Boggs We Are The Boggs We Are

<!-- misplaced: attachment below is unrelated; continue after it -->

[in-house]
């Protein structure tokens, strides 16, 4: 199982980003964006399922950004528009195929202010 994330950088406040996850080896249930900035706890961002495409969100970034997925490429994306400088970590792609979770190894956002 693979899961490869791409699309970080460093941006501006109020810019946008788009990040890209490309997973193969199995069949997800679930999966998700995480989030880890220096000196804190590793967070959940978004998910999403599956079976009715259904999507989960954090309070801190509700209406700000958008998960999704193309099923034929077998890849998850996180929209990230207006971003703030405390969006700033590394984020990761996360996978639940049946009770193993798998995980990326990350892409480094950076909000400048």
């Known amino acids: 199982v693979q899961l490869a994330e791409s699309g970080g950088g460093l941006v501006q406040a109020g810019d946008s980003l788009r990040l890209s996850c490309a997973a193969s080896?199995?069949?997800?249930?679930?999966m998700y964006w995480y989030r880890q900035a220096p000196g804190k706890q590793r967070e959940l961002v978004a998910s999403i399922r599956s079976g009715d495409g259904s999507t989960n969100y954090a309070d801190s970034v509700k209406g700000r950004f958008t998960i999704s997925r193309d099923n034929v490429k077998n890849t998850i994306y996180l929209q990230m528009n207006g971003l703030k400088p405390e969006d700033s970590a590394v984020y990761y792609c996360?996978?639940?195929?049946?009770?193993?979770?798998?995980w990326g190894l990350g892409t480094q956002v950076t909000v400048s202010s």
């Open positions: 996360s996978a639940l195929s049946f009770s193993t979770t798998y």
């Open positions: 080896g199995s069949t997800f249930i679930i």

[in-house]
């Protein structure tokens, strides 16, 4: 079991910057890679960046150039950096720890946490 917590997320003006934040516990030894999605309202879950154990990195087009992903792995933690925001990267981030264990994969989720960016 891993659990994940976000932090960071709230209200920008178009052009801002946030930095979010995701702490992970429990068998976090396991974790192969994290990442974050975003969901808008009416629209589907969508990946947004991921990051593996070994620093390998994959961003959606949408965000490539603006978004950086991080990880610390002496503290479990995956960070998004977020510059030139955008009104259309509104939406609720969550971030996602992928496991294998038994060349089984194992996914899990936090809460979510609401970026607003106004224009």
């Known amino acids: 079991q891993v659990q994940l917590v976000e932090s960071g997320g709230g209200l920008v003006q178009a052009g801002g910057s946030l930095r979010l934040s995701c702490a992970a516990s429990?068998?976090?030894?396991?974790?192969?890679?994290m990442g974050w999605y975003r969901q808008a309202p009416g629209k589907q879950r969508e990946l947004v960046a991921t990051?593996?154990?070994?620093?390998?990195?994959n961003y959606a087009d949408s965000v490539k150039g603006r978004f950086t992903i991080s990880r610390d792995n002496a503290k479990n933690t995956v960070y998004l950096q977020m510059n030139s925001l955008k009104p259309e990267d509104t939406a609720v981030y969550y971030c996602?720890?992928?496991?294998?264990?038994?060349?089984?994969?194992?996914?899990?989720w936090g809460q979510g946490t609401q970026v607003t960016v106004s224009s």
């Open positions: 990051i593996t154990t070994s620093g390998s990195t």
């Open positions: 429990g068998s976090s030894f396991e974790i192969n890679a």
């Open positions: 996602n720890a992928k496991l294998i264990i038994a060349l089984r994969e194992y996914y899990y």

The Boggs are to Irish roots what Uncle Tupelo was to Americana, except that the Boggs are that to Americana too. At times loud and clumsy, the music the Boggs make is anything but self-conscious. Friedman mumbles half-intelligible lyrics about characters that could have come from the same resting place that Richard Buckner found Edgar Lee Masters' Spoon River occupants. Brad Conroy's drums put the fear of known and unknown deities into the hearts of listeners, and fellow players alike by the sounds of it, especially in songs such as "Brighter Days," where the entire point seems to be to see which instrument can get to the end of the song first. Using recording technology surely only preserved in the most antiquated Smithsonian studio ("Emily, O Emily" sounds like it was documented on a very inexpensive and slightly faulty mini-tape recorder), We Are The Boggs We Are has all the zeal of new musicians in a music store and a record collector at Alan Lomax's estate auction. What does all this mean? It's rudimentary and beautiful and gives rock and roll a much needed fresh kick up the arse. In the words of one Bogg anthem, "The Airborne Station," it'll leave you "milk-legged and battered." Not all that bad for a little piece of shiny plastic. (Arena Rock)